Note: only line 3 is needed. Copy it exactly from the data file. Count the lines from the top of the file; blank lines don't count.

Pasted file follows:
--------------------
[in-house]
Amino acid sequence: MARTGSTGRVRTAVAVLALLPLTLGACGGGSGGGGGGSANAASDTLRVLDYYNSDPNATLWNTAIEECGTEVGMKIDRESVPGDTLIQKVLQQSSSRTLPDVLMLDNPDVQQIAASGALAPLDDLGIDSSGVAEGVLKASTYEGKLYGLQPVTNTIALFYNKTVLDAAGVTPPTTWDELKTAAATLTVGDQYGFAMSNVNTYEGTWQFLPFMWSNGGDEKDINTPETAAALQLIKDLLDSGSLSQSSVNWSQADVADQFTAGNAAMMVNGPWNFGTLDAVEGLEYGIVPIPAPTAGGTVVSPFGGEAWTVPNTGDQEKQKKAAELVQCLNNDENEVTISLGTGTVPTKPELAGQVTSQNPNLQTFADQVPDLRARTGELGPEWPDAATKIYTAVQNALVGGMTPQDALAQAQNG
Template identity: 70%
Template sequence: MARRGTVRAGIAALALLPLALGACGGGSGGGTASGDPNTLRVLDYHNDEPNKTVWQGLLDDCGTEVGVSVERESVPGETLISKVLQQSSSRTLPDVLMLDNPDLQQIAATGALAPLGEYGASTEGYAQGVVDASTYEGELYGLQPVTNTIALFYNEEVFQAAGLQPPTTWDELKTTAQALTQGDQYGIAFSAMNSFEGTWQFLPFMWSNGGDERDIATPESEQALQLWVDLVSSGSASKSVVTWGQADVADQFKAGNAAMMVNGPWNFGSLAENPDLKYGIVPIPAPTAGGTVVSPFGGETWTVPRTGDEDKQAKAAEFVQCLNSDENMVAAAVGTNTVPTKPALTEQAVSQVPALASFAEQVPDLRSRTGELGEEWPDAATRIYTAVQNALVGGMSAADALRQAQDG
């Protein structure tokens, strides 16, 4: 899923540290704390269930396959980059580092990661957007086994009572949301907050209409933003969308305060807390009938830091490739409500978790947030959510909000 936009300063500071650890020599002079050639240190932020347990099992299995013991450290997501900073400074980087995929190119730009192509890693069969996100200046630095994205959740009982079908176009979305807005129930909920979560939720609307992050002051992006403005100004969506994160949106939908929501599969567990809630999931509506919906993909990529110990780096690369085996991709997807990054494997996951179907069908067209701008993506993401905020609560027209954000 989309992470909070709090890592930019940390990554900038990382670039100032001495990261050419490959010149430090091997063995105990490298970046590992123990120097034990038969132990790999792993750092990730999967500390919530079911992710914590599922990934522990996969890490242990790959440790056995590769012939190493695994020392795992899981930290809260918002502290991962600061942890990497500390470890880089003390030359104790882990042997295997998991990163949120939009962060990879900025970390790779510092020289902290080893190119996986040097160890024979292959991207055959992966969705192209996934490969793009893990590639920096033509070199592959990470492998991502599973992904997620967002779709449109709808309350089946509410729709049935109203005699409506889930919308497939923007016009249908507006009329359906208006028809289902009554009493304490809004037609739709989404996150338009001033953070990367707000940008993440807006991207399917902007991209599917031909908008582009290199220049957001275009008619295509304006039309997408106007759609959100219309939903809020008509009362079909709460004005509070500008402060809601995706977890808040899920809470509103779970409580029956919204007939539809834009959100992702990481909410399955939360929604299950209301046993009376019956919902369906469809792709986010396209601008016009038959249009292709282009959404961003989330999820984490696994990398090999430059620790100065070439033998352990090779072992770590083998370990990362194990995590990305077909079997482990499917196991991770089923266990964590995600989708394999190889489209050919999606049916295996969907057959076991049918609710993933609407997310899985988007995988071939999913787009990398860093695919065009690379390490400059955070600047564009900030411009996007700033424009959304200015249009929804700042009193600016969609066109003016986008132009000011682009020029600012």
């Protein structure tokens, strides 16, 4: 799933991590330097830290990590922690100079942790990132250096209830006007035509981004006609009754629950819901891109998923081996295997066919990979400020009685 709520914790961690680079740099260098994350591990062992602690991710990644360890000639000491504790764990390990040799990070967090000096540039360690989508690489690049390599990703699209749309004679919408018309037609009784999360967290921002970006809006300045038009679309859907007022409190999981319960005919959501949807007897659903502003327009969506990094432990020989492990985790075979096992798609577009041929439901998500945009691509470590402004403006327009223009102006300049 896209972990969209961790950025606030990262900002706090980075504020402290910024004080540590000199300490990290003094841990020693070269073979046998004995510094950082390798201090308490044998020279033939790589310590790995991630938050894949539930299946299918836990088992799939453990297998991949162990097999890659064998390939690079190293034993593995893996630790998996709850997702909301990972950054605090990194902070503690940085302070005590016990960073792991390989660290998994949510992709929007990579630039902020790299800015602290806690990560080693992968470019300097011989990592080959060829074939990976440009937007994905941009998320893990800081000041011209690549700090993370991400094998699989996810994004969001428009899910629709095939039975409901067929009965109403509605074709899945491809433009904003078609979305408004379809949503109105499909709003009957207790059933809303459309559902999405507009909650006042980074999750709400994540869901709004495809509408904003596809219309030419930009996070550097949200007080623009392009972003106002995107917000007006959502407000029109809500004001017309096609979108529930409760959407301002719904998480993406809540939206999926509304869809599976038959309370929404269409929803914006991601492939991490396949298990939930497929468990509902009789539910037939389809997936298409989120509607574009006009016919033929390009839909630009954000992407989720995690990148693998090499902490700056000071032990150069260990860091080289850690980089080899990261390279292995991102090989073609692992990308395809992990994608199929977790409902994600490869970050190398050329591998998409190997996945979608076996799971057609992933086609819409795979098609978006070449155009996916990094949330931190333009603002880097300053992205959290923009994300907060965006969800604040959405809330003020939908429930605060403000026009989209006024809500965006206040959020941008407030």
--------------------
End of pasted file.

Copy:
Template identity: 70%